The editor of this section is Emma Humphreys, solicitor, partner in Charles Russell LLP (www.cr-law.co.uk)
There are two cases this month:
- Whether a covenant was of substantial value to those objecting to an application for discharge or modification?
- Whether to award injunction or damages in lieu in respect of a breach of Restrictive covenants?
Modification of restrictive covenant
Demolition of house – construction of flats – substantial value of covenant
 UKUT 461 LC
The applicant sought to modify restrictive covenants which would prevent her from constructing several apartments in place of a house. Taking all factors into account, the Tribunal concluded that the practical benefits to the objectors were not of substantial value or advantage. The Tribunal therefore agreed to modify the covenants to permit the development for which the applicant had obtained planning permission
The applicant had been granted planning permission to demolish a large house and construct a two-storey building comprising six two-bedroom apartments. However, the land was part of six plots that were subject to covenants dating from the late 19th century which restricted the number of houses that could be built and set minimum values for them.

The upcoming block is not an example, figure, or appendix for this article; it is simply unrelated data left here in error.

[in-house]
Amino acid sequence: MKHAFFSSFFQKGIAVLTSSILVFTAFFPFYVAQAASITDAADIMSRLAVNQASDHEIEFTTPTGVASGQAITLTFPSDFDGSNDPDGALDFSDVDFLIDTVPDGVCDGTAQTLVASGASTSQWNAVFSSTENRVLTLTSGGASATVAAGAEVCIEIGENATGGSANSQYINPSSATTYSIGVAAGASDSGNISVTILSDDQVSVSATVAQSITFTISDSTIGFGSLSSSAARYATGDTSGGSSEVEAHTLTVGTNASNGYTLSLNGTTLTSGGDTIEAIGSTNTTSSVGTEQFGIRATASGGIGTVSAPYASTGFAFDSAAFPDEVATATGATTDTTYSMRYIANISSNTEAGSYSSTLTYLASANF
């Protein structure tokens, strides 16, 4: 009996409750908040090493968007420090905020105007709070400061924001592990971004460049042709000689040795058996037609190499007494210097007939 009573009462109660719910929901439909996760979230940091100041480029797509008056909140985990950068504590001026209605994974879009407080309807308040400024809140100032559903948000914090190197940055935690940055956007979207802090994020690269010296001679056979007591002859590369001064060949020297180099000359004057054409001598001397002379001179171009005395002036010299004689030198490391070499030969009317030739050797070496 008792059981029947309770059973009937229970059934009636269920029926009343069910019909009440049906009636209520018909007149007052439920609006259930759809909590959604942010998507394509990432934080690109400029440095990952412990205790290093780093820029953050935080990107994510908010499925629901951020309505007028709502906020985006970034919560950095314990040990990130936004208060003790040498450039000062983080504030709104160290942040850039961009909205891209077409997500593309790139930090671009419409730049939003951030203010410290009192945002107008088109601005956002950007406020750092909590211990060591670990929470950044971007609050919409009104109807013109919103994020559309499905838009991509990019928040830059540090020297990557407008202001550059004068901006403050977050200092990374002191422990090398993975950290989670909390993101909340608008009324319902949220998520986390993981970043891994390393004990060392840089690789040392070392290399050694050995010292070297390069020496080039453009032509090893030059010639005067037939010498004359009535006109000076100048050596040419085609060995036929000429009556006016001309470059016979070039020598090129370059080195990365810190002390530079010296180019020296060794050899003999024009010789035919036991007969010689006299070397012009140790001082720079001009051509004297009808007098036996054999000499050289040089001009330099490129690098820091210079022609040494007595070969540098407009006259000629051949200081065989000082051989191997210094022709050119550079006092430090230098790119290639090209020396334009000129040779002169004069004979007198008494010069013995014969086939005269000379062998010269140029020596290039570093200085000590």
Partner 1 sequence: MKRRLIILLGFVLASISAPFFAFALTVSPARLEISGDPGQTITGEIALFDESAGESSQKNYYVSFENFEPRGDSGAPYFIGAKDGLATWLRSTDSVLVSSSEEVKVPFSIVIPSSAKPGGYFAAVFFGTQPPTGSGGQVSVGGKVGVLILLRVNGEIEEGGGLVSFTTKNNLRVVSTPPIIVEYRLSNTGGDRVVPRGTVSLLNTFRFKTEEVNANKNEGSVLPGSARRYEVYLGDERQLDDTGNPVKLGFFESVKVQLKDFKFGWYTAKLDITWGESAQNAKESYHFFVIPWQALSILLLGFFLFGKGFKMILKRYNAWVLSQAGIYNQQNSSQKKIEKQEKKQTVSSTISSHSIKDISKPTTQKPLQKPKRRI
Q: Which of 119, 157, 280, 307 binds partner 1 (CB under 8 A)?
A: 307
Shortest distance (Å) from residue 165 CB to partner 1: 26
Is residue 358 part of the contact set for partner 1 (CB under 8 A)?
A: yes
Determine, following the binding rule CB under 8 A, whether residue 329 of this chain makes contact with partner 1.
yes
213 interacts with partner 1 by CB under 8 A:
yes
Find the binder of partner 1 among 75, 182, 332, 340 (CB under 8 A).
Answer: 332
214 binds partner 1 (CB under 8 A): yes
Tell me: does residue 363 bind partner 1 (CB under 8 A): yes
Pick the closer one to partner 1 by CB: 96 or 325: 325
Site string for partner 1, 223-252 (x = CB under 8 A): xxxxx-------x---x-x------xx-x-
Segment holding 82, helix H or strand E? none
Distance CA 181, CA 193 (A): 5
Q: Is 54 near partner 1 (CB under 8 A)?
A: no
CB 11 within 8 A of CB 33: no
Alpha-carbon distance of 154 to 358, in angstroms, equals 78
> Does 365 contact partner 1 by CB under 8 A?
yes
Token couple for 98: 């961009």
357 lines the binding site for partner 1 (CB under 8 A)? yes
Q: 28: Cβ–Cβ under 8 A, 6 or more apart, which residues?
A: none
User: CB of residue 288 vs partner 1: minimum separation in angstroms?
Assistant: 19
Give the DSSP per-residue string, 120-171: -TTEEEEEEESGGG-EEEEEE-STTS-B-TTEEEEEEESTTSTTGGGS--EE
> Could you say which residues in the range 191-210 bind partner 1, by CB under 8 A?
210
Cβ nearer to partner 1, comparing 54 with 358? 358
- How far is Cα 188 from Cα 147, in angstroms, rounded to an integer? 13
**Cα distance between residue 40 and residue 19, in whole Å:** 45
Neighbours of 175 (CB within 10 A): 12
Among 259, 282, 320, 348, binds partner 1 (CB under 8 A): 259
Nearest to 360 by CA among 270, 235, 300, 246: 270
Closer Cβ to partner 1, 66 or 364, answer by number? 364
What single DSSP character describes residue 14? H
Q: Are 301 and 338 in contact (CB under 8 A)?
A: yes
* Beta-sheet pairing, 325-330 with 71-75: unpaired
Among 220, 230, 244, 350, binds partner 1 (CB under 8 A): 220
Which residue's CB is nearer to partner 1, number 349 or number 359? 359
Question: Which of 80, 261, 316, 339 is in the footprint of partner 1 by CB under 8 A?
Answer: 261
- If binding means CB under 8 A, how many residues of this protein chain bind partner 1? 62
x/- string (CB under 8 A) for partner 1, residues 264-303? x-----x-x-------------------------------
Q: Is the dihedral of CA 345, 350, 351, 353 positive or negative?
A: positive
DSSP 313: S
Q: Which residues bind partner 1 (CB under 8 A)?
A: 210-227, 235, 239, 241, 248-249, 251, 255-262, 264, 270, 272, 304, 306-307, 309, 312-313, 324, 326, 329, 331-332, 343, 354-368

The covenants had resulted in a neighbourhood of 15 high-value, low-density properties, although five of those properties had been built in breach of the restrictions on the maximum number of houses for their respective plots.
The applicant applied for modification of the covenants under section 84 of the Law of Property Act 1925. Three neighbours objected to the development.
Whether the Tribunal should exercise its discretion to modify the restrictions under s.84(1) (aa) LPA 1925, i.e. on the basis that they impeded a reasonable user of land.
Under s84(1A), modification is permitted where the Tribunal is satisfied that:
For the purposes of section 84(1A), ... THIS IS AN EXTRACT OF THE FULL TEXT. TO GET THE FULL TEXT, SEE BELOW
- the person who is entitled to the benefit of the restriction does not secure any practical benefits of substantial value or advantage from it; or
- that the restriction is contrary to the public interest.
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